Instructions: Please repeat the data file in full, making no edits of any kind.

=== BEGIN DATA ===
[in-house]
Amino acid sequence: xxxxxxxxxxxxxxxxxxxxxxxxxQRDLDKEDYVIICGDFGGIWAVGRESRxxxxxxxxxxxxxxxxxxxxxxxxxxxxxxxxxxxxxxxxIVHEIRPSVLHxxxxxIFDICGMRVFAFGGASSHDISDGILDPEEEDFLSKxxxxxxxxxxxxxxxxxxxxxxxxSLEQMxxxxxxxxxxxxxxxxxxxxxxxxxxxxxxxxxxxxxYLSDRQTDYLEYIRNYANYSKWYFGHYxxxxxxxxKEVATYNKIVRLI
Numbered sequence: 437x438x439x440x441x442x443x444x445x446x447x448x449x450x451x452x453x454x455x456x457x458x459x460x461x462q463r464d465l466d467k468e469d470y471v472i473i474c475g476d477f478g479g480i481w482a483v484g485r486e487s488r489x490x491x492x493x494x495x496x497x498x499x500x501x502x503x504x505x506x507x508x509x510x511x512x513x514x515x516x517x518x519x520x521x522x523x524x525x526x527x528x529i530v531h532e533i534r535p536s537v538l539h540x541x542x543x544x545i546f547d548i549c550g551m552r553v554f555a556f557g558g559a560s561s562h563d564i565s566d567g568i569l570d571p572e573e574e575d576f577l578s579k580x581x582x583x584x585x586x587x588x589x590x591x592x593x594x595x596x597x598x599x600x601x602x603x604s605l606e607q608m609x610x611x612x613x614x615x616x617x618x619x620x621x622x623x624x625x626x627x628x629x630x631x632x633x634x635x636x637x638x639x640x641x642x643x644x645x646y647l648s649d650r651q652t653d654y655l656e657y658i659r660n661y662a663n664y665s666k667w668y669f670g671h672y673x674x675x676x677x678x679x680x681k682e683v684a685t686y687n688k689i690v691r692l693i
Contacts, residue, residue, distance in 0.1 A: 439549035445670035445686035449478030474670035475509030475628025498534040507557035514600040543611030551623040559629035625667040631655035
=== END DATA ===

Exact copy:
[in-house]
Amino acid sequence: xxxxxxxxxxxxxxxxxxxxxxxxxQRDLDKEDYVIICGDFGGIWAVGRESRxxxxxxxxxxxxxxxxxxxxxxxxxxxxxxxxxxxxxxxxIVHEIRPSVLHxxxxxIFDICGMRVFAFGGASSHDISDGILDPEEEDFLSKxxxxxxxxxxxxxxxxxxxxxxxxSLEQMxxxxxxxxxxxxxxxxxxxxxxxxxxxxxxxxxxxxxYLSDRQTDYLEYIRNYANYSKWYFGHYxxxxxxxxKEVATYNKIVRLI
Numbered sequence: 437x438x439x440x441x442x443x444x445x446x447x448x449x450x451x452x453x454x455x456x457x458x459x460x461x462q463r464d465l466d467k468e469d470y471v472i473i474c475g476d477f478g479g480i481w482a483v484g485r486e487s488r489x490x491x492x493x494x495x496x497x498x499x500x501x502x503x504x505x506x507x508x509x510x511x512x513x514x515x516x517x518x519x520x521x522x523x524x525x526x527x528x529i530v531h532e533i534r535p536s537v538l539h540x541x542x543x544x545i546f547d548i549c550g551m552r553v554f555a556f557g558g559a560s561s562h563d564i565s566d567g568i569l570d571p572e573e574e575d576f577l578s579k580x581x582x583x584x585x586x587x588x589x590x591x592x593x594x595x596x597x598x599x600x601x602x603x604s605l606e607q608m609x610x611x612x613x614x615x616x617x618x619x620x621x622x623x624x625x626x627x628x629x630x631x632x633x634x635x636x637x638x639x640x641x642x643x644x645x646y647l648s649d650r651q652t653d654y655l656e657y658i659r660n661y662a663n664y665s666k667w668y669f670g671h672y673x674x675x676x677x678x679x680x681k682e683v684a685t686y687n688k689i690v691r692l693i
Contacts, residue, residue, distance in 0.1 A: 439549035445670035445686035449478030474670035475509030475628025498534040507557035514600040543611030551623040559629035625667040631655035